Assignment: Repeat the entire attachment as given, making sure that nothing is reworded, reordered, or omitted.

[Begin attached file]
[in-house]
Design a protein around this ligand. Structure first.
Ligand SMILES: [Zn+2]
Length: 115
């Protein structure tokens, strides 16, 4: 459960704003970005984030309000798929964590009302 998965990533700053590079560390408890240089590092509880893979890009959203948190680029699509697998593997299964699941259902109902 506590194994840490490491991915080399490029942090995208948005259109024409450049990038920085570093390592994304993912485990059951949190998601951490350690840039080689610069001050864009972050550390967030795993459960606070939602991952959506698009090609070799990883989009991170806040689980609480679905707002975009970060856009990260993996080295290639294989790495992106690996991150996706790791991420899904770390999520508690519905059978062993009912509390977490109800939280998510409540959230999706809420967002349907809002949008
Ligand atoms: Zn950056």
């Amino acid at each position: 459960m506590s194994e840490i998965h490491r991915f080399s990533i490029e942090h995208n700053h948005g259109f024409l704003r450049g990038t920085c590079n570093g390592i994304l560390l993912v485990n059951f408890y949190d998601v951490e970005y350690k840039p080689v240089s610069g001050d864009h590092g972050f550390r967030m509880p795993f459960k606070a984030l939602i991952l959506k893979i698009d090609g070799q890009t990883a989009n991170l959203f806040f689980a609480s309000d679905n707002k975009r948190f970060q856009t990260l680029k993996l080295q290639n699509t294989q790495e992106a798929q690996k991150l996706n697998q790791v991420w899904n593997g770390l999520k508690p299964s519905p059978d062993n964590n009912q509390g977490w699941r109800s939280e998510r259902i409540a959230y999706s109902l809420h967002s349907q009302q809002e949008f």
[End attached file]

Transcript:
[in-house]
Design a protein around this ligand. Structure first.
Ligand SMILES: [Zn+2]
Length: 115
């Protein structure tokens, strides 16, 4: 459960704003970005984030309000798929964590009302 998965990533700053590079560390408890240089590092509880893979890009959203948190680029699509697998593997299964699941259902109902 506590194994840490490491991915080399490029942090995208948005259109024409450049990038920085570093390592994304993912485990059951949190998601951490350690840039080689610069001050864009972050550390967030795993459960606070939602991952959506698009090609070799990883989009991170806040689980609480679905707002975009970060856009990260993996080295290639294989790495992106690996991150996706790791991420899904770390999520508690519905059978062993009912509390977490109800939280998510409540959230999706809420967002349907809002949008
Ligand atoms: Zn950056």
């Amino acid at each position: 459960m506590s194994e840490i998965h490491r991915f080399s990533i490029e942090h995208n700053h948005g259109f024409l704003r450049g990038t920085c590079n570093g390592i994304l560390l993912v485990n059951f408890y949190d998601v951490e970005y350690k840039p080689v240089s610069g001050d864009h590092g972050f550390r967030m509880p795993f459960k606070a984030l939602i991952l959506k893979i698009d090609g070799q890009t990883a989009n991170l959203f806040f689980a609480s309000d679905n707002k975009r948190f970060q856009t990260l680029k993996l080295q290639n699509t294989q790495e992106a798929q690996k991150l996706n697998q790791v991420w899904n593997g770390l999520k508690p299964s519905p059978d062993n964590n009912q509390g977490w699941r109800s939280e998510r259902i409540a959230y999706s109902l809420h967002s349907q009302q809002e949008f």